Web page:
7. I am confirming my availability for an interview on (date)

If the interview invitation message leans more toward confirming your availability on a date that the employer has decided, you can simply use “I am confirming my availability for an interview on (date).”

Using the present progressive tense (i.e., I am confirming) is slightly less formal than the use of the simple present tense (i.e., I confirm).

Feel free to use this confirmatory statement if the indicated date works for you.

Dear Ms. Paulson,

 

I am confirming my availability for an interview on Septermber 24, 2021. I will be available anytime between 9 am and 6 pm on that day. Thank you very much for your update, and I am looking forward to speaking with you soon.

 

Sincerely,

Felicity Henson

 

8. I confirm my availability for an interview on (day)

If you want to slightly increase the formality level of “I am confirming my availability for an interview on (date),” then you can structure your sentence in the simple present tense.

Doing so turns your message’s connotation into a more serious one, which is is therefore great when you’re applying for a relatively more serious job role.

Here’s how:

Dear Mr. Atkins,

 

I really appreciate your update. Thank you very much for considering me for the Assistant Professor position in your institution. I confirm my availability for an interview on Friday morning. I am looking forward to discussing more details with you soon.

 

Yours respectfully,

Jennifer L. Schmidt

 

9. I confirm my availability on the proposed date and time

You may also use “I confirm my availability on the proposed date and time” if you want to avoid reiterating the details that have already been clearly stated in the previous email.

This confirmatory message is polite yet slightly detached, and hence useful when you want to stick with using a neutrally formal tone throughout your email message.

Here’s another example showing its usage in a concise email response:

Dear Ms. Miller,

 

Thank you for your email. I confirm my availability on the proposed date and time. I am looking forward to seeing you soon.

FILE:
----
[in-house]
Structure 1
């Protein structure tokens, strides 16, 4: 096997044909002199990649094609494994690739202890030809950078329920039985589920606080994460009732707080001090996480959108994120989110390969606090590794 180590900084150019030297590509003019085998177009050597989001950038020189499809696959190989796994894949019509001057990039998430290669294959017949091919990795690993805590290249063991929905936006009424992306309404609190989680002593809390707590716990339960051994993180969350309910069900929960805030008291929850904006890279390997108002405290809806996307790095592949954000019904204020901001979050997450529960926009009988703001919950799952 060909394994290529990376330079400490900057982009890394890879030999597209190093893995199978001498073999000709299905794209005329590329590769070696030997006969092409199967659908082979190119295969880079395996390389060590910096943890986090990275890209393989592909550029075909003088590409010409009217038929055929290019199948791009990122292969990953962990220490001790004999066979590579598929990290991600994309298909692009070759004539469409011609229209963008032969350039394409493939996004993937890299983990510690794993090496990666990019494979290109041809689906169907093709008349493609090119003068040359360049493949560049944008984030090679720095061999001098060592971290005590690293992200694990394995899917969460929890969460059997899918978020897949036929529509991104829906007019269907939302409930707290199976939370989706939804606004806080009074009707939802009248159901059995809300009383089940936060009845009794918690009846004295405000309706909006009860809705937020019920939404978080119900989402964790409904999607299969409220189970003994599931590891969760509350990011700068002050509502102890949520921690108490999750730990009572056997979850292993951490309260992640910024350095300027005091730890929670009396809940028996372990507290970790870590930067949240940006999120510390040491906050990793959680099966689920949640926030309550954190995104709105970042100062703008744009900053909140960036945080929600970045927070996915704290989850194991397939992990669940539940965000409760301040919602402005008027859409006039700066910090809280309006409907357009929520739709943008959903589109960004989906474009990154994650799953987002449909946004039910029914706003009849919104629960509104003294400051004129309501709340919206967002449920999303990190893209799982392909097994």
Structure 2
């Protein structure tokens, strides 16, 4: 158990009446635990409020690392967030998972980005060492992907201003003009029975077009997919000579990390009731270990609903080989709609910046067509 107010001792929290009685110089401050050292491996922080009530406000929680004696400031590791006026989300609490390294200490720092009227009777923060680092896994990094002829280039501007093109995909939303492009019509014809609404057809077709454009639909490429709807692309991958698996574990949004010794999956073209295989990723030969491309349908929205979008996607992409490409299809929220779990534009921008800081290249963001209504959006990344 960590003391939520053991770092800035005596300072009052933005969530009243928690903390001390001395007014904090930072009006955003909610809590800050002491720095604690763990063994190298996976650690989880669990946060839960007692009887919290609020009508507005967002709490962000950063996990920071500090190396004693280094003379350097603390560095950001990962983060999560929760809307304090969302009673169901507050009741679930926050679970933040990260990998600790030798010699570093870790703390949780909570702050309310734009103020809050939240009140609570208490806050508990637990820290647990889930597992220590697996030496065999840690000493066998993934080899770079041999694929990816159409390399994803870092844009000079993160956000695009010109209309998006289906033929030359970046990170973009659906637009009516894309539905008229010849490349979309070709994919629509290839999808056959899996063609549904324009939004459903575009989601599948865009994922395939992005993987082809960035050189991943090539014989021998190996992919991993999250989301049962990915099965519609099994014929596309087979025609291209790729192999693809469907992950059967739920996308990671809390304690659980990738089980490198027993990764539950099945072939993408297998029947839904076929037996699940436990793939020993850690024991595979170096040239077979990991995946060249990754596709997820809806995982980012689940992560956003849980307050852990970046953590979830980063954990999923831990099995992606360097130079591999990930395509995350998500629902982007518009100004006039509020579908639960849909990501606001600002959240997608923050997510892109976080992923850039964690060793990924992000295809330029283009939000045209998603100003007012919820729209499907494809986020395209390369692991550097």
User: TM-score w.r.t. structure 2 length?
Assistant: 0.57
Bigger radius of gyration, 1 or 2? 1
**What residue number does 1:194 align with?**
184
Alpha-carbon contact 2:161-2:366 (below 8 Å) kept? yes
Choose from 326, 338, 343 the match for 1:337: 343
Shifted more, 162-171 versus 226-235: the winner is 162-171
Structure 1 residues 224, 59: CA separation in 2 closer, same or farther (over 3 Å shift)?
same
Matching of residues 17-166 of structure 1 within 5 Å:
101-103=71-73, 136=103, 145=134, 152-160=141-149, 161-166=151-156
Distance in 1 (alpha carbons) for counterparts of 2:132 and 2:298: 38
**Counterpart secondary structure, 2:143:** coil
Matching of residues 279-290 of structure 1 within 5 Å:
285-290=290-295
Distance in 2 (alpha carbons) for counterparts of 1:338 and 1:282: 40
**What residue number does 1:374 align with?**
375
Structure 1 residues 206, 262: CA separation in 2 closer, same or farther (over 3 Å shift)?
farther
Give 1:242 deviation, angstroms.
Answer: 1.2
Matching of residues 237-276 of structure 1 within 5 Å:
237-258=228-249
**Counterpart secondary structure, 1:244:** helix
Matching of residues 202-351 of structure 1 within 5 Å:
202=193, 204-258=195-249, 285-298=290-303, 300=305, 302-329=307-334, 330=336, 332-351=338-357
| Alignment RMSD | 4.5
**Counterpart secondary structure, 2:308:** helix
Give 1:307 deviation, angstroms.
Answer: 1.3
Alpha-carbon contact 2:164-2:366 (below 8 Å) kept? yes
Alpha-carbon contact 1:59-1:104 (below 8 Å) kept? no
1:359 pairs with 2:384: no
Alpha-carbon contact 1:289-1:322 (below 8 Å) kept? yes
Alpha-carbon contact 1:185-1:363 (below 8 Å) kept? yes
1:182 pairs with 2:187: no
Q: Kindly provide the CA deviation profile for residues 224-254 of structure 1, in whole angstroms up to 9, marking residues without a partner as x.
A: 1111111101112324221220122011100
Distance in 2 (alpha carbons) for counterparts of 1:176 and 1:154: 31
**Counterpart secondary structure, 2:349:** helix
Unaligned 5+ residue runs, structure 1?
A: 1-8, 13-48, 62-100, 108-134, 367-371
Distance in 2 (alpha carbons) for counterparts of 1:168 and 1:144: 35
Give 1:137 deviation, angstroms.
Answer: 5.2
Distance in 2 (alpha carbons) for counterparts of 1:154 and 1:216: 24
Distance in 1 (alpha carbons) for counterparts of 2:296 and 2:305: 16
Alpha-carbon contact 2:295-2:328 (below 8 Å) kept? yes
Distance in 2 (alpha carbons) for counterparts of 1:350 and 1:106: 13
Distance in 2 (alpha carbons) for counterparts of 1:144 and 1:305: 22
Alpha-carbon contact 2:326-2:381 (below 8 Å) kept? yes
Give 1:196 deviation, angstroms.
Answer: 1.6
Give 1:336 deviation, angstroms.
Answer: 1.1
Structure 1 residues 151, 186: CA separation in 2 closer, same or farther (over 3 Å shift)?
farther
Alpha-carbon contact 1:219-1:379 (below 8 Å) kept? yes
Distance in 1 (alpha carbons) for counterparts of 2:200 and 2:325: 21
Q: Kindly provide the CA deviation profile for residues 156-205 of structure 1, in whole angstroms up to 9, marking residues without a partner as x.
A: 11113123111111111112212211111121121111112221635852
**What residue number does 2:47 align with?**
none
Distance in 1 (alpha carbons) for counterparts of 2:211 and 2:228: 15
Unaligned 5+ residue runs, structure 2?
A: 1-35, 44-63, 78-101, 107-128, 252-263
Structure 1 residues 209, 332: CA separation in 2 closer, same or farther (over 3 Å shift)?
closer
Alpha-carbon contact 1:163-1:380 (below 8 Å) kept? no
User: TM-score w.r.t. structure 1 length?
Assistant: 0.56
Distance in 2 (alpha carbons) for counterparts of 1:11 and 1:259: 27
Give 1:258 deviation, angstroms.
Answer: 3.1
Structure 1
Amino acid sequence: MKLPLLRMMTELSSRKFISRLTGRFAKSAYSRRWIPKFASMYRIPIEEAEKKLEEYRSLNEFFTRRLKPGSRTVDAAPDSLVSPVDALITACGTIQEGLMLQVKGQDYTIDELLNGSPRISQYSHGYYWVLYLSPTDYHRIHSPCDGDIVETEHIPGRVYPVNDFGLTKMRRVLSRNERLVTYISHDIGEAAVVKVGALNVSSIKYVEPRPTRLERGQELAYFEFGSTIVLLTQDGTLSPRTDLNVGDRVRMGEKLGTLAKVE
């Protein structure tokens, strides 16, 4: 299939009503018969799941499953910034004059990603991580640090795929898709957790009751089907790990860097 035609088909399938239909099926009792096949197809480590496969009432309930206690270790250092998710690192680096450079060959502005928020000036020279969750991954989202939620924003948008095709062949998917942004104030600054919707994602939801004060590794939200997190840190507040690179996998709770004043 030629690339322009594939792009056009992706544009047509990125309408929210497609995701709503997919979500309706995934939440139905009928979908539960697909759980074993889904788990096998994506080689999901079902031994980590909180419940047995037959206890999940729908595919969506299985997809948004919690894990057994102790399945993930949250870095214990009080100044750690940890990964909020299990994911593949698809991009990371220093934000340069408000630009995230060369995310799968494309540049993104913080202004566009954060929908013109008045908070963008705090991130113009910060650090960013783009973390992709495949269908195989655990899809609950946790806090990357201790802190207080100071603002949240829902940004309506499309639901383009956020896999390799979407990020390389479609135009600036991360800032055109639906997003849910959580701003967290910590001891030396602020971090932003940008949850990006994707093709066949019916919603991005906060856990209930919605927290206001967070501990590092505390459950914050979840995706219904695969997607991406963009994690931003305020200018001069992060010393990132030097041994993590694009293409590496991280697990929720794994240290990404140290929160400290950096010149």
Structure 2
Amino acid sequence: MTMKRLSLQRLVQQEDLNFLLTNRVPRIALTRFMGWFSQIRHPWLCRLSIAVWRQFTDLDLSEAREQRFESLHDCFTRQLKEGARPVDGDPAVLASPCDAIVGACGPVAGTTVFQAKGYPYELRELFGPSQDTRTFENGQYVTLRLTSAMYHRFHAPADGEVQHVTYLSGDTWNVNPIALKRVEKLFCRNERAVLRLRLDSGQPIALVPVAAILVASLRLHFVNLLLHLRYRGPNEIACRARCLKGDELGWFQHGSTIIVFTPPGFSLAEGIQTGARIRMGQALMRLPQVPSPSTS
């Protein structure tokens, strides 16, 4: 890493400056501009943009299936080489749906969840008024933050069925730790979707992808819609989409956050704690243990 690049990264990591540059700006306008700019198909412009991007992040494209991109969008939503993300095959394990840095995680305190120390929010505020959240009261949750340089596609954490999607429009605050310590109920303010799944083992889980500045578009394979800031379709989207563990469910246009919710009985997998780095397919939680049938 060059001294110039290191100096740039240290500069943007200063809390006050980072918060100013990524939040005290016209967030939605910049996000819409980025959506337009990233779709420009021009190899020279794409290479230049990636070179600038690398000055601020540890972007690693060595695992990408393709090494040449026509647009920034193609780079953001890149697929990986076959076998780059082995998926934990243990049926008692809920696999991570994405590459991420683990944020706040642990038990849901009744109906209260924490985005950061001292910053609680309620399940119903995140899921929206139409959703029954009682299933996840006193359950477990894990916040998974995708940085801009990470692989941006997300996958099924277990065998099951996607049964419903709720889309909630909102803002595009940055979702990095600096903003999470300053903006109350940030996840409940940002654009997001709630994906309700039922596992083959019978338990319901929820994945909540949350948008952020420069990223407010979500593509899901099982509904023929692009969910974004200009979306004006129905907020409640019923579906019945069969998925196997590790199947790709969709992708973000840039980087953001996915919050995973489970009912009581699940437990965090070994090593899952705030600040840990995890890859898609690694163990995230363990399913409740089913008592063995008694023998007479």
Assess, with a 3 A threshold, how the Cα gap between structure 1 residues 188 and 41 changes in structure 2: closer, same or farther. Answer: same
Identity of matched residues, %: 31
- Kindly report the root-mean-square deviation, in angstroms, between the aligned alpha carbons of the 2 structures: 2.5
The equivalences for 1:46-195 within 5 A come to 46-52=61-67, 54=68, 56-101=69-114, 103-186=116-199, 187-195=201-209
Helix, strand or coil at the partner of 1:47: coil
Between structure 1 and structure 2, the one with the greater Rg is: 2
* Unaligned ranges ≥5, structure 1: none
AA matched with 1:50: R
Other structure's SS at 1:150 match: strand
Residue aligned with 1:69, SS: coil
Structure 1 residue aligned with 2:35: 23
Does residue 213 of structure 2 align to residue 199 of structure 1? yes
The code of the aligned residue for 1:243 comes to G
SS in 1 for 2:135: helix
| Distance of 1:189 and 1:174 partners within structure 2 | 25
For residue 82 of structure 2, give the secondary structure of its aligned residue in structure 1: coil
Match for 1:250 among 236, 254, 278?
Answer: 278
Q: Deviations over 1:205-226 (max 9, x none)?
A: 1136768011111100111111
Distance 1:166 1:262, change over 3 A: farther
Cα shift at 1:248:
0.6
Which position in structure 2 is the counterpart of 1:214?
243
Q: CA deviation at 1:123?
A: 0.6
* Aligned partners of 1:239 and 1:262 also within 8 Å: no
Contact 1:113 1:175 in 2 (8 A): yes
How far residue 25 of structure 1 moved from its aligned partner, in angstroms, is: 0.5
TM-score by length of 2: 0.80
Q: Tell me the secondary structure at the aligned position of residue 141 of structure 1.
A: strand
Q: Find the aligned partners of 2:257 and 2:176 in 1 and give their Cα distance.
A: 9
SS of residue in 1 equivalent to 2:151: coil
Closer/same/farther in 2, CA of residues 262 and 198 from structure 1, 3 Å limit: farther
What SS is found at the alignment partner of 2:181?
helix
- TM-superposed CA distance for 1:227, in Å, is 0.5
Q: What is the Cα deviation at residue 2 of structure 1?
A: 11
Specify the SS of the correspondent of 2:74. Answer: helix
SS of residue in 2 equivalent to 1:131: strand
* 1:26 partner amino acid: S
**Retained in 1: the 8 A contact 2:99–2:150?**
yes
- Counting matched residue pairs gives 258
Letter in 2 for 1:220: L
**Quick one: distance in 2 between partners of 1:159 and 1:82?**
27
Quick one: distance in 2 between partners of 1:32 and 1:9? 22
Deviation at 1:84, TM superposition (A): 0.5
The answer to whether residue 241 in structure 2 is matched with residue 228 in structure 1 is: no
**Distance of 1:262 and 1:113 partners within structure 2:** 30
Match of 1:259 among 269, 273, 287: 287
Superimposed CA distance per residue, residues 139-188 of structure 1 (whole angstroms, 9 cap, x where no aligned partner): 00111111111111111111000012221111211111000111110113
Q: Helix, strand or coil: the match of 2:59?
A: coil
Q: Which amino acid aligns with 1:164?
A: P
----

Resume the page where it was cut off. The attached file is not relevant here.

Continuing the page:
Regards,

Perry Reynolds

 

10. I confirm my availability on (day)

Last but not least, “I confirm my availability on (day)” is the shortest formal way of communicating an affirmative response to an interview invitation.

You may use this statement when you want your email to be skimmed on by the recipient, thereby saving their time and effort.

Writing short response emails demonstrates avoiding informational redundancy, and hence it is a great way to show to your addressee that you value their time and effort.

 

Here’s one last example:

Dear Jack,

 

Thanks for your email. I confirm my availability on Tuesday.

 

Hope you’ll enjoy the rest of your day.

 

Regards,

Dylan Griffin

 

Frequently Asked Questions on “Confirmation Messages”

 

How can we reply to a job interview invitation?

You can affirm your availability on a proposed date and time if the details work for you. Otherwise, you can politely decline the proposed interview date and suggest an alternative schedule.

 

How can we respond to a confirmation email?

The most common responses to a confirmation email include “Thank you,” “Thank you very much,” “Many thanks,” and “This is acknowledged.”

 

Should we say “I confirm my attendance ‘to’ or ‘for’ the interview”?

As for the preposition usage, “I confirm my attendance to the interview” is more appropriate, but more generally speaking, “I confirm my availability for the interview” is a better way to express the same intent.

 

Conclusion

Although confirmatory messages seem trite and formulaic, they are inarguably essential in making official arrangements happen.

Writing messages this way is also the clearest form of language that is beneficial in preventing chances of misinterpretation, especially in the commercial world.